In honour of the 100th anniversary of the First World War, children and young people in York are being encouraged to submit commemorative poems as part of a York Army Museum competition.
The competition is part of ‘York Remembers: Lifting the shadow of the First World War’, a remembrance project co-ordinated by City of York Council, and which schools and individuals aged 7 – 18 can enter.
The poem should be an original piece on First World War remembrance.
Submissions are divided into five age categories; children in school years 3 – 4 and years 5 – 6; and young people in school years 7, 8 and 9, years 10 – 11 and years 12 – 13.
Children’s poems should be no longer than 28 lines, while poems submitted by young people should not exceed 40 lines. Entries can be hand delivered, sent to the York Army Museum by post or emailed email@example.com by 12 noon on Friday 28 September.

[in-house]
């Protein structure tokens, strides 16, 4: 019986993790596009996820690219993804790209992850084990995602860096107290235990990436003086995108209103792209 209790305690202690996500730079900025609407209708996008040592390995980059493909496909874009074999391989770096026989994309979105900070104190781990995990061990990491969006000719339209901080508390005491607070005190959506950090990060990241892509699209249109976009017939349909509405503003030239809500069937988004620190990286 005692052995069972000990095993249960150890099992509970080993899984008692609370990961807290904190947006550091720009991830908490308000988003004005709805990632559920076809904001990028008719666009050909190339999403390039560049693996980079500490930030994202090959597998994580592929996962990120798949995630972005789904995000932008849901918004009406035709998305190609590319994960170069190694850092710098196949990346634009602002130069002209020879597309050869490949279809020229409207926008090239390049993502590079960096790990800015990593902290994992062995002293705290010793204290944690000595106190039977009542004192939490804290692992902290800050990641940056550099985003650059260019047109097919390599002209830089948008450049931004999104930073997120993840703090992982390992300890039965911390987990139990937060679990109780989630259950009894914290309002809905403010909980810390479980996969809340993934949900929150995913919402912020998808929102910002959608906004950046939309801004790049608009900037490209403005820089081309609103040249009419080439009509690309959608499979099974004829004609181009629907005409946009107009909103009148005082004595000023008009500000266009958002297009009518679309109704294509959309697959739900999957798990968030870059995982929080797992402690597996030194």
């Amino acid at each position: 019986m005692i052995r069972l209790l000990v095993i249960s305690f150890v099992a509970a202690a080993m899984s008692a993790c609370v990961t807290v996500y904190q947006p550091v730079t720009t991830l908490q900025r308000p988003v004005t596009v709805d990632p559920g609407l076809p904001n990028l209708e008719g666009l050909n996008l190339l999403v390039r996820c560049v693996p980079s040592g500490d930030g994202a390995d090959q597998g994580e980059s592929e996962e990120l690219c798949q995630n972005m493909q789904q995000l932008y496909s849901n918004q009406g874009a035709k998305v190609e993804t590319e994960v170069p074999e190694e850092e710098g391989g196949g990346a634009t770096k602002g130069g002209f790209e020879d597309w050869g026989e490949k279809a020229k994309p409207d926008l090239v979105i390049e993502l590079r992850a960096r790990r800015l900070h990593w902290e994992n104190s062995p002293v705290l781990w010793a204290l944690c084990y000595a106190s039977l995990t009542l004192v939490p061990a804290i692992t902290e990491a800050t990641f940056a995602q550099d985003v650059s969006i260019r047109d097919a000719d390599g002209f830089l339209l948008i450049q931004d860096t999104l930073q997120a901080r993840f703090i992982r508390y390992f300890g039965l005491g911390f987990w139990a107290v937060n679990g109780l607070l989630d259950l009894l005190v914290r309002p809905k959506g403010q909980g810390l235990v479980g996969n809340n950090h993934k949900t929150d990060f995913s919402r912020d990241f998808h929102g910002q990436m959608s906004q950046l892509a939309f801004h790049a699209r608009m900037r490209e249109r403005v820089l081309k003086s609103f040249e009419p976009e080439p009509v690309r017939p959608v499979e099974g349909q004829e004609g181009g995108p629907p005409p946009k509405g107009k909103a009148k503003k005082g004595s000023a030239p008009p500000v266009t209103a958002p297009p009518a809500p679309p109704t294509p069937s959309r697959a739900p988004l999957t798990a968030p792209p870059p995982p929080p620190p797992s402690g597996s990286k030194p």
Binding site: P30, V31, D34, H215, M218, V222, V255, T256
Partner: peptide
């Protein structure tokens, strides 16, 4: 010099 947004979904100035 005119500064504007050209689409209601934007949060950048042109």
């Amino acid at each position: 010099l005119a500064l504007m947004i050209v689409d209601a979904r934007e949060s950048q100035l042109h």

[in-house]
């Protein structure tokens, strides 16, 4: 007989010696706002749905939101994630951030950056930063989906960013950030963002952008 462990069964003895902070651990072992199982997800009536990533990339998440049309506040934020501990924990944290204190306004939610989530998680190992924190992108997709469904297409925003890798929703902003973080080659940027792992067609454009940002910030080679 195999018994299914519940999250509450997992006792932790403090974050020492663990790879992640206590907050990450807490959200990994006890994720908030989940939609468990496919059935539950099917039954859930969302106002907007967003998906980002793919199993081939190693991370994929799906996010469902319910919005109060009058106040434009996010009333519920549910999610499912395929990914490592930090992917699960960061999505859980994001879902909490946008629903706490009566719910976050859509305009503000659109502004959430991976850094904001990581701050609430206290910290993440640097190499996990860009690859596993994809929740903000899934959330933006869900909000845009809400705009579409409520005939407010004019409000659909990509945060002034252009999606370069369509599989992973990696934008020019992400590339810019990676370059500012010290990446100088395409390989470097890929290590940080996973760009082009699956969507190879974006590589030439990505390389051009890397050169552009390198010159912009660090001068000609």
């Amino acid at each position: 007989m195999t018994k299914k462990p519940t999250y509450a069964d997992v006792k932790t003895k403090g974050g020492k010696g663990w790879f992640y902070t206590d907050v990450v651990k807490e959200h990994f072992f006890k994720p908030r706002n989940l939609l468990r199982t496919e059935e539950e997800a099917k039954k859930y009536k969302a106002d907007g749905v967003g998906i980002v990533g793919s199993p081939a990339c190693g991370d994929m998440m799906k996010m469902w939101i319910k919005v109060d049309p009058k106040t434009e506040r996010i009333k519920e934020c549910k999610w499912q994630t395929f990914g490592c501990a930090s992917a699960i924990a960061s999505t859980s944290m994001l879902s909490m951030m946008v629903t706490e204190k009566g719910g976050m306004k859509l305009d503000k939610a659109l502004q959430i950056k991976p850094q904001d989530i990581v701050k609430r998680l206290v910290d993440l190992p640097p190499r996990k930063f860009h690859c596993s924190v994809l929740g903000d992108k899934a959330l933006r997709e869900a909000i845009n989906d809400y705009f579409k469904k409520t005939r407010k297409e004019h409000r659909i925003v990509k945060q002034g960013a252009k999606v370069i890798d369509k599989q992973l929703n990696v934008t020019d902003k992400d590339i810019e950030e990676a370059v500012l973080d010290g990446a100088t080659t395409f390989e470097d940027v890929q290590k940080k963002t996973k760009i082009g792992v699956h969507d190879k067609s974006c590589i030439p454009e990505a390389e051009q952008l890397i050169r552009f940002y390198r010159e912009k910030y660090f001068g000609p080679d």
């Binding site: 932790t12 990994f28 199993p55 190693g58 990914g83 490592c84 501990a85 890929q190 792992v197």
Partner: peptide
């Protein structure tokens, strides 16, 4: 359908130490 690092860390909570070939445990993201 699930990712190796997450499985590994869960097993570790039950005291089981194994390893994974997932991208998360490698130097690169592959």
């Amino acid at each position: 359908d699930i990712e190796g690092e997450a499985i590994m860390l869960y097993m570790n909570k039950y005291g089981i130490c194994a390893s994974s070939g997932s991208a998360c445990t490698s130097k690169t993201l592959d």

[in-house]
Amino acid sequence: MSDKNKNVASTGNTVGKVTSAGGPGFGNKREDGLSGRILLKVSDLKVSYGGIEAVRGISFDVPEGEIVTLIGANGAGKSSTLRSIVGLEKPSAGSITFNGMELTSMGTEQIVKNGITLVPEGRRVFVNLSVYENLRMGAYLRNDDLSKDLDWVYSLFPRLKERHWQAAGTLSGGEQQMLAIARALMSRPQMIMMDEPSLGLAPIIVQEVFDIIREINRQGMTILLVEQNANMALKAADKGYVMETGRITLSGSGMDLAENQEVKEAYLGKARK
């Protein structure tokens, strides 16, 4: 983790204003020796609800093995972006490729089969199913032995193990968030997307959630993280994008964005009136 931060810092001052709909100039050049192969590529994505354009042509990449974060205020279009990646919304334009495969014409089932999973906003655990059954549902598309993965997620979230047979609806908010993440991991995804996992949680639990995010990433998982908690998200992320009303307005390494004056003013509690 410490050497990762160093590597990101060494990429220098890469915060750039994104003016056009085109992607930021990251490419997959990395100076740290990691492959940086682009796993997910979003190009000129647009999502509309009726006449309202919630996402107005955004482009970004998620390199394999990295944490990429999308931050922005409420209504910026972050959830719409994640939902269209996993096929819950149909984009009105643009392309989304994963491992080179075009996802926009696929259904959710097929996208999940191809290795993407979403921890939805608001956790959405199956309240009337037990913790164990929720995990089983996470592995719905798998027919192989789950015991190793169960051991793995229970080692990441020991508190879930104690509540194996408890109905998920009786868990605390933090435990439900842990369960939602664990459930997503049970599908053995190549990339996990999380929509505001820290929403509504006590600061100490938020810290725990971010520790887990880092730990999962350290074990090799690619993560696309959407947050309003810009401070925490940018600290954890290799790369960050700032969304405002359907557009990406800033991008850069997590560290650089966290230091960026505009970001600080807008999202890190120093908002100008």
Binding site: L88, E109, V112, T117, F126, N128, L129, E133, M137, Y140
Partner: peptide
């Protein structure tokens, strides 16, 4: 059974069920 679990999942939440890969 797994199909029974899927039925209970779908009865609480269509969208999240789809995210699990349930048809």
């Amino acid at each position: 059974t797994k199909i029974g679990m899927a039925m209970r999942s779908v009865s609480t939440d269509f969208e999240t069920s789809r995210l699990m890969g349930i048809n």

Winners will be announced on National Poetry Day, Thursday 4 October at Explore Acomb Library by York poet, Doreen Gurrey, and will receive a book token and certificate in each category.
Councillor Keith Myers, executive member for education, children and young people, said: “I’m very pleased that we are able to engage the children and young people of York to help commemorate and honour the men and women who gave their lives to protect our nation.
“Besides being educational and reflective, the poetry competition is a great way to involve young communities with the 100th anniversary of the First World War, and I look forward to reading some of the entries.”
Cllr Keith Aspden, Executive member for Economic Development and Community Engagement said: “York has a deep-rooted connection with the armed forces and it is vital that we, as a city, commemorate the men and women who gave their lives during the First World War and furthermore, pay our respects to those who serve today.”
Allison Freeman, activities officer at York Army Museum, said: ‘We are excited to be hosting the York Remembers poetry competition for children and young people, and looking forward to reading the submitted poems. We are especially pleased that York poet, Doreen Gurrey, has agreed to judge this competition commemorating the ending of the First World War.’